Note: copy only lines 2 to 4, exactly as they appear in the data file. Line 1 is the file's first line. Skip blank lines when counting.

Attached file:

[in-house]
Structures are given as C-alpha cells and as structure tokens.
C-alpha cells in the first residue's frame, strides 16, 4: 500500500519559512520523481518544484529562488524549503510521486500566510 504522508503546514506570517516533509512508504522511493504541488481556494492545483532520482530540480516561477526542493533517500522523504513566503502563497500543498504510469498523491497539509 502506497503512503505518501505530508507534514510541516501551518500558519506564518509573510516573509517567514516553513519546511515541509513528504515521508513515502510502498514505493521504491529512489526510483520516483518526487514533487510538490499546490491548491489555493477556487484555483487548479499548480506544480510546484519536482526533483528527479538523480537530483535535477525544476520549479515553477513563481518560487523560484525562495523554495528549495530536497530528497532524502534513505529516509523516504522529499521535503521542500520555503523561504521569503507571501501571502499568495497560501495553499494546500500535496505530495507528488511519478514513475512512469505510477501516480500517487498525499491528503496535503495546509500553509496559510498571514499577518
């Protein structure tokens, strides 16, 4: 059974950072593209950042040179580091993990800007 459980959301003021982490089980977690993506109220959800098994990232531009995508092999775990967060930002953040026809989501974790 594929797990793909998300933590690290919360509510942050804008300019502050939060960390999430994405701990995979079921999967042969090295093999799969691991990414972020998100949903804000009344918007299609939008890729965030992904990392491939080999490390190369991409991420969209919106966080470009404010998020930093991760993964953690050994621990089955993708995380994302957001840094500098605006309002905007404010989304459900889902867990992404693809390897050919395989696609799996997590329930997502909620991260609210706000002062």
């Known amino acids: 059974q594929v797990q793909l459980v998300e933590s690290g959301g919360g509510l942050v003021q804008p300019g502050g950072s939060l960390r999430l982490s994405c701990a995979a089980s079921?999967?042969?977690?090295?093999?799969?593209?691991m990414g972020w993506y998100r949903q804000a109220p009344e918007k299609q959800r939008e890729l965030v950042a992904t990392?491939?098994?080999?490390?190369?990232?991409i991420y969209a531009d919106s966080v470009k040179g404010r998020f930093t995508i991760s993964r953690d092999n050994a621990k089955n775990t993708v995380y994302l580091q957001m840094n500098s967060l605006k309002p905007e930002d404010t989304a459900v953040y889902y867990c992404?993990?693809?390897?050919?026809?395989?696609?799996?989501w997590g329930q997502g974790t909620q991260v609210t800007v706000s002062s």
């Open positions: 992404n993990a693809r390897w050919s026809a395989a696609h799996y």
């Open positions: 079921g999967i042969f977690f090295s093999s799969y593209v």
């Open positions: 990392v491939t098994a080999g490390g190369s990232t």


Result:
Structures are given as C-alpha cells and as structure tokens.
C-alpha cells in the first residue's frame, strides 16, 4: 500500500519559512520523481518544484529562488524549503510521486500566510 504522508503546514506570517516533509512508504522511493504541488481556494492545483532520482530540480516561477526542493533517500522523504513566503502563497500543498504510469498523491497539509 502506497503512503505518501505530508507534514510541516501551518500558519506564518509573510516573509517567514516553513519546511515541509513528504515521508513515502510502498514505493521504491529512489526510483520516483518526487514533487510538490499546490491548491489555493477556487484555483487548479499548480506544480510546484519536482526533483528527479538523480537530483535535477525544476520549479515553477513563481518560487523560484525562495523554495528549495530536497530528497532524502534513505529516509523516504522529499521535503521542500520555503523561504521569503507571501501571502499568495497560501495553499494546500500535496505530495507528488511519478514513475512512469505510477501516480500517487498525499491528503496535503495546509500553509496559510498571514499577518
């Protein structure tokens, strides 16, 4: 059974950072593209950042040179580091993990800007 459980959301003021982490089980977690993506109220959800098994990232531009995508092999775990967060930002953040026809989501974790 594929797990793909998300933590690290919360509510942050804008300019502050939060960390999430994405701990995979079921999967042969090295093999799969691991990414972020998100949903804000009344918007299609939008890729965030992904990392491939080999490390190369991409991420969209919106966080470009404010998020930093991760993964953690050994621990089955993708995380994302957001840094500098605006309002905007404010989304459900889902867990992404693809390897050919395989696609799996997590329930997502909620991260609210706000002062």